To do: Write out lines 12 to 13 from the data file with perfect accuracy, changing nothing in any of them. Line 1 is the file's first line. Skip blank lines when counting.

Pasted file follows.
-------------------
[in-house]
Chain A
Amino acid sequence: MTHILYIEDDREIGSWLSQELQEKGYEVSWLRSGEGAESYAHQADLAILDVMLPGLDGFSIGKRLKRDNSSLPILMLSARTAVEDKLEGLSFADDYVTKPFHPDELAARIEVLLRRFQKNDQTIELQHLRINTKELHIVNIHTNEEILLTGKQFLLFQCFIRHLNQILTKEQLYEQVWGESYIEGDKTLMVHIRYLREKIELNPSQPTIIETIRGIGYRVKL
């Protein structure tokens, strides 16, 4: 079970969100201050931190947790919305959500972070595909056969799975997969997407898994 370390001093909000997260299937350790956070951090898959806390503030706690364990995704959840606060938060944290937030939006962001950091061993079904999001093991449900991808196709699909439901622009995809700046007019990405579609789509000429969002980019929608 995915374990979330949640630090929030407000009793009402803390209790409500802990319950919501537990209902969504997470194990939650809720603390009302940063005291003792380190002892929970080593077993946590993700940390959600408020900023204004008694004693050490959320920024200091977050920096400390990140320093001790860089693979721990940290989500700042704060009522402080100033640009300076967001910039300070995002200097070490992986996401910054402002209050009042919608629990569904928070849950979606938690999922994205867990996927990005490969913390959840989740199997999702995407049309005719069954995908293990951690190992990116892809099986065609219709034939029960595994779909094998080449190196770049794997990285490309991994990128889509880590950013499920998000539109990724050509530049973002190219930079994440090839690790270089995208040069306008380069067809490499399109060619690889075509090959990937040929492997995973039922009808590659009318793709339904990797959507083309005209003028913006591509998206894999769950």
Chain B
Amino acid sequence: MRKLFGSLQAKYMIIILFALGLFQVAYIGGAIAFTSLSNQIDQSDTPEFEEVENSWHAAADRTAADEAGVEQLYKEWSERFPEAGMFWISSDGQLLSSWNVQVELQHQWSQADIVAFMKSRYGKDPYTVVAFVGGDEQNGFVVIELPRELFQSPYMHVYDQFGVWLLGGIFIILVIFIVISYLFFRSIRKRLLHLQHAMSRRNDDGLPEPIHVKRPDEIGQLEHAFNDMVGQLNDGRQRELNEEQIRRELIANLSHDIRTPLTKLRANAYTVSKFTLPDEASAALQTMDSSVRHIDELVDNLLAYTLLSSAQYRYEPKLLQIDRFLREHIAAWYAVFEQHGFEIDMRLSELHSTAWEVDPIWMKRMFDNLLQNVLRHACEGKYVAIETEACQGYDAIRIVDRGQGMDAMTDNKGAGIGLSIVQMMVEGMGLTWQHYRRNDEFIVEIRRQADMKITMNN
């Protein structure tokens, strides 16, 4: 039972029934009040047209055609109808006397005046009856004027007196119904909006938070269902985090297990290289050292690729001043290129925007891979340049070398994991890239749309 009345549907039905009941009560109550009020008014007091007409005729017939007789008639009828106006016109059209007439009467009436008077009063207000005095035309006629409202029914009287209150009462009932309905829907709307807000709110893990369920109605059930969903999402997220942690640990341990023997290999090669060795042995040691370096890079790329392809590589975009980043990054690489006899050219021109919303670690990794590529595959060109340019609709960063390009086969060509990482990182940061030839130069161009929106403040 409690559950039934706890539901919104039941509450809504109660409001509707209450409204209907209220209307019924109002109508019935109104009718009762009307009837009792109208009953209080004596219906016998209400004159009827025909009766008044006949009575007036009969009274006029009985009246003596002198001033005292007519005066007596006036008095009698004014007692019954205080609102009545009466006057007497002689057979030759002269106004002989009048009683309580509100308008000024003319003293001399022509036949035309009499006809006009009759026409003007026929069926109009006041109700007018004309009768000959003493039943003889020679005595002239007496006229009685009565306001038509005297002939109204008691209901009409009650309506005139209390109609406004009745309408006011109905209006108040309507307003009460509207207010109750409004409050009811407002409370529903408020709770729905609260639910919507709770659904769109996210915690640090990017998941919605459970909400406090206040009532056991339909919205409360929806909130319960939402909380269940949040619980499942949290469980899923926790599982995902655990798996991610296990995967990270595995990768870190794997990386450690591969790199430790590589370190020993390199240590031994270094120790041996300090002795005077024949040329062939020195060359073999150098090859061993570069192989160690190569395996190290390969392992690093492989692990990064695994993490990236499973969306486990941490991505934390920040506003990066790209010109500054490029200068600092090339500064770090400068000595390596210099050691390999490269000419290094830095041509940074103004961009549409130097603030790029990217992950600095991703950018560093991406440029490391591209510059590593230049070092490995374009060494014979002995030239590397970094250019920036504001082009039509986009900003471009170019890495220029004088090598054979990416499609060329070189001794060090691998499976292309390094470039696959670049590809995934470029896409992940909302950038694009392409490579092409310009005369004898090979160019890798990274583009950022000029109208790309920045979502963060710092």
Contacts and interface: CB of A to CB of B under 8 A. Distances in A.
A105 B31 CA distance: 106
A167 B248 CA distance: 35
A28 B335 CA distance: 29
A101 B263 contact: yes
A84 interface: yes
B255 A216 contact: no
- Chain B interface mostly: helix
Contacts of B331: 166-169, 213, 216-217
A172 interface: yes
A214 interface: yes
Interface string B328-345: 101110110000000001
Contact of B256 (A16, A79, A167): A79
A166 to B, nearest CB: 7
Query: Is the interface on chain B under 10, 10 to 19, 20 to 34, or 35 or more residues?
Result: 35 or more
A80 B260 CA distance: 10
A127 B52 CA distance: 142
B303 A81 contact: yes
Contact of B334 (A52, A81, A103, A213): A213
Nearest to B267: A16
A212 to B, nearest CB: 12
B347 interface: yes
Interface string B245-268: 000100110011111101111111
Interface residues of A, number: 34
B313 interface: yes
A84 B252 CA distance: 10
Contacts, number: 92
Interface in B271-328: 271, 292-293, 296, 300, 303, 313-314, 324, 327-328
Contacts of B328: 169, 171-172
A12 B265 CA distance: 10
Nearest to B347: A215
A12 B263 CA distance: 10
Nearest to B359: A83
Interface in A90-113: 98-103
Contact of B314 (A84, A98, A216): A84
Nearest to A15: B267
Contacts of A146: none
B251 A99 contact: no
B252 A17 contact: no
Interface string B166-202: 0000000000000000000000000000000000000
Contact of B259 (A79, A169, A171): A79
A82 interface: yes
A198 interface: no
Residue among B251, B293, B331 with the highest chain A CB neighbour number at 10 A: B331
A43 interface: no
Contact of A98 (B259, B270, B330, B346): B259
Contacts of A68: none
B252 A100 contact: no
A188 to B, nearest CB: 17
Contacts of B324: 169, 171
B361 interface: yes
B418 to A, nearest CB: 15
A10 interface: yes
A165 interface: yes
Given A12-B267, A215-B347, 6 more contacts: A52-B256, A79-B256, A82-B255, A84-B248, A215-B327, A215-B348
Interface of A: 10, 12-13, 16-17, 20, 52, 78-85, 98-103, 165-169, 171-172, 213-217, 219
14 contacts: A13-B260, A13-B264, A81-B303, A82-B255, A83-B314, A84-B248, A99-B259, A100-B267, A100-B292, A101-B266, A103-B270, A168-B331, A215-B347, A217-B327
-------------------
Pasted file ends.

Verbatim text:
A101 B263 contact: yes
A84 interface: yes